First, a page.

Interview: The man carrying the Mega Man legacy

It may not seem like it now, but once upon a time Mega Man was a pretty big deal in gaming. He was a major part of Capcom's corporate identity, a beloved action platformer, and his fame resulted in several spin-offs. Recently, though, the character has fallen into disuse. Capcom's only two known projects, Mega Man Legends 3 and Mega Man Universe, were canceled last year. He still makes an embarrassing cameo from time to time, but Capcom seems uninterested in using the character right now.

But Mega Man actually is enjoying new stories in an entirely different medium. Archie Comics began the Mega Man comic series in 2011, making author Ian Flynn single-handedly responsible -- at least for the time being -- for writing new material with the mascot.

By all accounts, Flynn is doing a fine job capturing the cheerful, light-hearted nature of the classic series. "It can be a tricky balancing act," Flynn told Shacknews. "The Classic Series is known for being one of the brighter, happier, simpler versions. At the same time, the threats in the stories need to feel real or otherwise what's the point? I've tried to approach it in the mindset of the Saturday morning cartoons I grew up with. Keep it fun, keep it simple, and make it real to the characters while keeping myself objective about it."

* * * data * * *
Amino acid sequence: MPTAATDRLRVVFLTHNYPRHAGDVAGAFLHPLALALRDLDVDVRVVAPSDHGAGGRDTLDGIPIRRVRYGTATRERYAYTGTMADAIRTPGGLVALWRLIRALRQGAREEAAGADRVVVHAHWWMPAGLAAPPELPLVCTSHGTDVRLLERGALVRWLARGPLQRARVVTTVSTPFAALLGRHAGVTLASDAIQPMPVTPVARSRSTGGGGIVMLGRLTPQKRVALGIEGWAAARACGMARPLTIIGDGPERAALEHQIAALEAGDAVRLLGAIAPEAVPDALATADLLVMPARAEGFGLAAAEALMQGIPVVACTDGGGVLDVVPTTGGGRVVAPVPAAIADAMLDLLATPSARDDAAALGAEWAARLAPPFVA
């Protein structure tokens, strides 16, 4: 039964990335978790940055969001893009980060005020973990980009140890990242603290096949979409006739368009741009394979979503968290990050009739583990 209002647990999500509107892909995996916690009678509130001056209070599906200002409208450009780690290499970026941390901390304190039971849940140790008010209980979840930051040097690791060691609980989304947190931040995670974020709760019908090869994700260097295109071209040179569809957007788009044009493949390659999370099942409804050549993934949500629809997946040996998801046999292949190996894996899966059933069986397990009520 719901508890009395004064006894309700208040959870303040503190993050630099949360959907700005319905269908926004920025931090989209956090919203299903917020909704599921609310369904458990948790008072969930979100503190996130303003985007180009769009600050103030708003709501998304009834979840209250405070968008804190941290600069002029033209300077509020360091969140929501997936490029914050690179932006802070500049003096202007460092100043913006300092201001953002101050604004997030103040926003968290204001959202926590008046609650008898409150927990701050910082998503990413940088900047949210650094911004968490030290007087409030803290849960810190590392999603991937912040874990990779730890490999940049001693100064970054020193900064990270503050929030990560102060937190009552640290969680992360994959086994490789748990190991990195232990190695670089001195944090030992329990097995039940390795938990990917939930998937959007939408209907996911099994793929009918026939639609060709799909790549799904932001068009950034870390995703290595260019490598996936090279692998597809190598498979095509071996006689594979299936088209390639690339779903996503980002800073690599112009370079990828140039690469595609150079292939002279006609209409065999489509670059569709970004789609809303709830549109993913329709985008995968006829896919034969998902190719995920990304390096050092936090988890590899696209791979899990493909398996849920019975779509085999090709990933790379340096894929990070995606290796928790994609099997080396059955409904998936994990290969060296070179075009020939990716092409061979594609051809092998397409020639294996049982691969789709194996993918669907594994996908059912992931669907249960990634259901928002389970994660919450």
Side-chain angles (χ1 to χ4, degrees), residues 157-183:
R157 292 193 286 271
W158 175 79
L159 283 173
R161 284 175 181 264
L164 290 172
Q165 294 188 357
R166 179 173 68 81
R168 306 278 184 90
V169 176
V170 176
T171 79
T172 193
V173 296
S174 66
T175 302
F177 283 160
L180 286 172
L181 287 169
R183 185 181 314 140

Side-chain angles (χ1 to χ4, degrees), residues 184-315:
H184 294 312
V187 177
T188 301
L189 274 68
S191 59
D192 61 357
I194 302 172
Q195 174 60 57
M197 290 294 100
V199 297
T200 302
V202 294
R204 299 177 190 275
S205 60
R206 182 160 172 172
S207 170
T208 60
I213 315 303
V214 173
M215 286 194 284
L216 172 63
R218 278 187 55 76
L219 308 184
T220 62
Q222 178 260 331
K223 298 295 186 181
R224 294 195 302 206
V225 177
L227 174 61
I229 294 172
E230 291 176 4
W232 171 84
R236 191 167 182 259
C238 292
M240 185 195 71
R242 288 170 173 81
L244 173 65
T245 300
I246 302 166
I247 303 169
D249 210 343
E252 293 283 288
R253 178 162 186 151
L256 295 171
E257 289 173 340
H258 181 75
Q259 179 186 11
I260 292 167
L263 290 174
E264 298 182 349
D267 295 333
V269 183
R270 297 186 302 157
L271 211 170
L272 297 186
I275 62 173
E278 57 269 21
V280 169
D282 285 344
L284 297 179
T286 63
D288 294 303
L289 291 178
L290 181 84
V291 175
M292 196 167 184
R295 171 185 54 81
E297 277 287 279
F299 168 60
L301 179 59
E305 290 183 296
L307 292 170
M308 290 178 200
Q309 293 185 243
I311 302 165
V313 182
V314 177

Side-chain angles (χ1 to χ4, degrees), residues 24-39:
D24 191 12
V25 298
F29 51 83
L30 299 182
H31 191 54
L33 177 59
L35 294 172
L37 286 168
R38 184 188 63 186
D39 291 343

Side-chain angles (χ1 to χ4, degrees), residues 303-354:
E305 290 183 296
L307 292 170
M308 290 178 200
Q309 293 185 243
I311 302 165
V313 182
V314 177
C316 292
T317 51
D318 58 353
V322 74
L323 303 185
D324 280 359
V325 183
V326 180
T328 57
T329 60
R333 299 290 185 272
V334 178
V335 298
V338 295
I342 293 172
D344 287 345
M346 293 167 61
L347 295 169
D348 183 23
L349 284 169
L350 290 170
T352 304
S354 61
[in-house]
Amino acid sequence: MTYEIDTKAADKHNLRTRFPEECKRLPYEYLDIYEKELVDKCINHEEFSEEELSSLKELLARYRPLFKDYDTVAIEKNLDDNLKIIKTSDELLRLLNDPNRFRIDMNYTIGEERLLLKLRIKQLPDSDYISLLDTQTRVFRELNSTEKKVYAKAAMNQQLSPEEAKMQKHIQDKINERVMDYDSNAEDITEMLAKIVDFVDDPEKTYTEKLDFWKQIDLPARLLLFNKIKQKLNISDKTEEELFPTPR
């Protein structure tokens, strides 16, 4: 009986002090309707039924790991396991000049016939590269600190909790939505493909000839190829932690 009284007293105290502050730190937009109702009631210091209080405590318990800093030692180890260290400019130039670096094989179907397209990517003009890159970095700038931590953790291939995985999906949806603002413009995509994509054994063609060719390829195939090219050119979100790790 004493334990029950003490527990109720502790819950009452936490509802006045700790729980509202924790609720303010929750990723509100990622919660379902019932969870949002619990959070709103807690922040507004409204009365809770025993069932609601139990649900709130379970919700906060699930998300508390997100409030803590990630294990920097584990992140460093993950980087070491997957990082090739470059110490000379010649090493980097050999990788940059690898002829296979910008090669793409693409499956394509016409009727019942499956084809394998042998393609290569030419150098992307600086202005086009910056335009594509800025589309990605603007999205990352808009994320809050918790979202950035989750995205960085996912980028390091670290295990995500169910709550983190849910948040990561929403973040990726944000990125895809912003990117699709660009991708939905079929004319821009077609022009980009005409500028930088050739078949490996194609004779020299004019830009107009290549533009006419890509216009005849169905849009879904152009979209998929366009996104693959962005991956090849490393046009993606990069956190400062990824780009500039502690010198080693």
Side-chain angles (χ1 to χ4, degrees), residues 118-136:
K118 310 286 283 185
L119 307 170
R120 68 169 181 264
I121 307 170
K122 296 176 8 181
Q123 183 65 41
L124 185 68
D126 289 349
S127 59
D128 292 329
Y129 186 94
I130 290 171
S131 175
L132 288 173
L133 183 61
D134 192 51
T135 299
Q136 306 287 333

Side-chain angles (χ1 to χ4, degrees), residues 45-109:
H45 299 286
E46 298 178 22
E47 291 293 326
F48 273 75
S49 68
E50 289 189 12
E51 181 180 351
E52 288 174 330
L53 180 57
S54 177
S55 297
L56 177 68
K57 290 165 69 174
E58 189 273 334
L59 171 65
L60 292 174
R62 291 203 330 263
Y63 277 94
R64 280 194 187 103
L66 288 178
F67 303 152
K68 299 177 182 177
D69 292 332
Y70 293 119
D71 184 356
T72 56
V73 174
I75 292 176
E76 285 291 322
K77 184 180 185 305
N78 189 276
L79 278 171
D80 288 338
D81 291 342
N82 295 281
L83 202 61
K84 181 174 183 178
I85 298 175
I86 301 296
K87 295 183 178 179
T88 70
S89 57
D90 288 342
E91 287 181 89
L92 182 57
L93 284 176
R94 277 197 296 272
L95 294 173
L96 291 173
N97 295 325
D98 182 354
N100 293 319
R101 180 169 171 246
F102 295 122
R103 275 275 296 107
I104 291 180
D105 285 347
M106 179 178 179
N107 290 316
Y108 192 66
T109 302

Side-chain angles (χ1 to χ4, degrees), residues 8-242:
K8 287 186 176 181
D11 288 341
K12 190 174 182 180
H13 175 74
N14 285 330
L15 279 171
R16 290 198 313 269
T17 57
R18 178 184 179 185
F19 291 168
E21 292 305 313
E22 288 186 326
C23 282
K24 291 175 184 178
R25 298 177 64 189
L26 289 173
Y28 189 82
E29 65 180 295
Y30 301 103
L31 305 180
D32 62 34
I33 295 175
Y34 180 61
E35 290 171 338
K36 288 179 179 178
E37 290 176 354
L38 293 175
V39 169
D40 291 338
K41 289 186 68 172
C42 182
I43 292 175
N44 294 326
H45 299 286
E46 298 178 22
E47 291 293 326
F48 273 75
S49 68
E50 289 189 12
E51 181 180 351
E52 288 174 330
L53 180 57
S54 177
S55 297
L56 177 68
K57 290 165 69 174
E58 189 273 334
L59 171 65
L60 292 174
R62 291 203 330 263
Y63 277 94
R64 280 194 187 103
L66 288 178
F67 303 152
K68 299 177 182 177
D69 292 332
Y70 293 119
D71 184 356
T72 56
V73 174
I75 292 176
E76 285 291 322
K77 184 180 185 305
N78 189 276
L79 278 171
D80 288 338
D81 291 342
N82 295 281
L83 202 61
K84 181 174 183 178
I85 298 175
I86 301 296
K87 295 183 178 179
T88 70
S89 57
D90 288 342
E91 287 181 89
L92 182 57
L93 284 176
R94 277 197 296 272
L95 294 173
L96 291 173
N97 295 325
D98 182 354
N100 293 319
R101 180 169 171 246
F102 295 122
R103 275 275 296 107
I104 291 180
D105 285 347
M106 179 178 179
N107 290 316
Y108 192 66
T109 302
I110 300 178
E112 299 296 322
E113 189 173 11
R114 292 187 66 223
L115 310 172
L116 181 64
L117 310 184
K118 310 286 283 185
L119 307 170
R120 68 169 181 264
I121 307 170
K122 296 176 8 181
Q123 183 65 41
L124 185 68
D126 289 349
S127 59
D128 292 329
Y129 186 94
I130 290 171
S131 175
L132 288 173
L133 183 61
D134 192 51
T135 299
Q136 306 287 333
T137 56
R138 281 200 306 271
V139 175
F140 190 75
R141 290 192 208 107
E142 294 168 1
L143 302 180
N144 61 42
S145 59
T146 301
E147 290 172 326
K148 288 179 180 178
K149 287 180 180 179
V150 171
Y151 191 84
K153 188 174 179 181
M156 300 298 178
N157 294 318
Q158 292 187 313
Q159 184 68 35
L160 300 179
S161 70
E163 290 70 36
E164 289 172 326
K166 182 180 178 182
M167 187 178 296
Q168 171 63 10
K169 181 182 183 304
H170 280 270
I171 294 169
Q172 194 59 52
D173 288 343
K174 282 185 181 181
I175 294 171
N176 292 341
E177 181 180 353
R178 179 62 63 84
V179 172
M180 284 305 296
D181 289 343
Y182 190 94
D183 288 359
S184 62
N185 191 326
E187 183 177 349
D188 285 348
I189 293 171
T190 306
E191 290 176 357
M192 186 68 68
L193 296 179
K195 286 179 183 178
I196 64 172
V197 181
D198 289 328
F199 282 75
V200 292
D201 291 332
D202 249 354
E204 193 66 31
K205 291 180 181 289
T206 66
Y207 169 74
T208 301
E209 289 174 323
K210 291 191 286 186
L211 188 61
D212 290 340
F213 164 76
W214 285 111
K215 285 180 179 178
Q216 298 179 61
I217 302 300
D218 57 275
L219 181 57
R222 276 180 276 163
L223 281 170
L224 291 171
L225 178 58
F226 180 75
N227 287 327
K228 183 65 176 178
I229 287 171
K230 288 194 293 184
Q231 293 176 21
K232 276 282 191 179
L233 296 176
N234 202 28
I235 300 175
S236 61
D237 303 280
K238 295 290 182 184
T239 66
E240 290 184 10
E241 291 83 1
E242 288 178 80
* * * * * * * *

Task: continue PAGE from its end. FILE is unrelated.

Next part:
The story so far has followed a loose framework from some of the early games. He says he started by making notes on the stories of all ten games, and mapping out plot points to sprinkle between the gaps. "The plan is to touch on everything reasonably possible and make it all fit into one giant over-arching plot," he says. "Some purists are skeptical, but I assure you all, there is a plan."

And to that end, he says Capcom has given a lot of latitude for the project. "Capcom has shown us a tremendous amount of trust with this project," he says. "They pretty much opened the doors to the Classic Series and said 'Have at it.' In return, I've tried to respect that trust by not trying to reinvent the wheel and keep it as close to the game canon as possible."

As for being responsible for the game's legacy, Flynn says it reminds him of another retro-title that has seen hard times. "This scenario harkens back to the late 90s during that rocky period between Sonic & Knuckles and Sonic Adventure," he says. He's written Archie's Sonic the Hedgehog comic book as well, so he's certainly familiar with series that have fallen out of favor. "I sincerely doubt Mega Man is going to go through that long of a drought, but we're still happy to carry the banner of the Blue Bomber."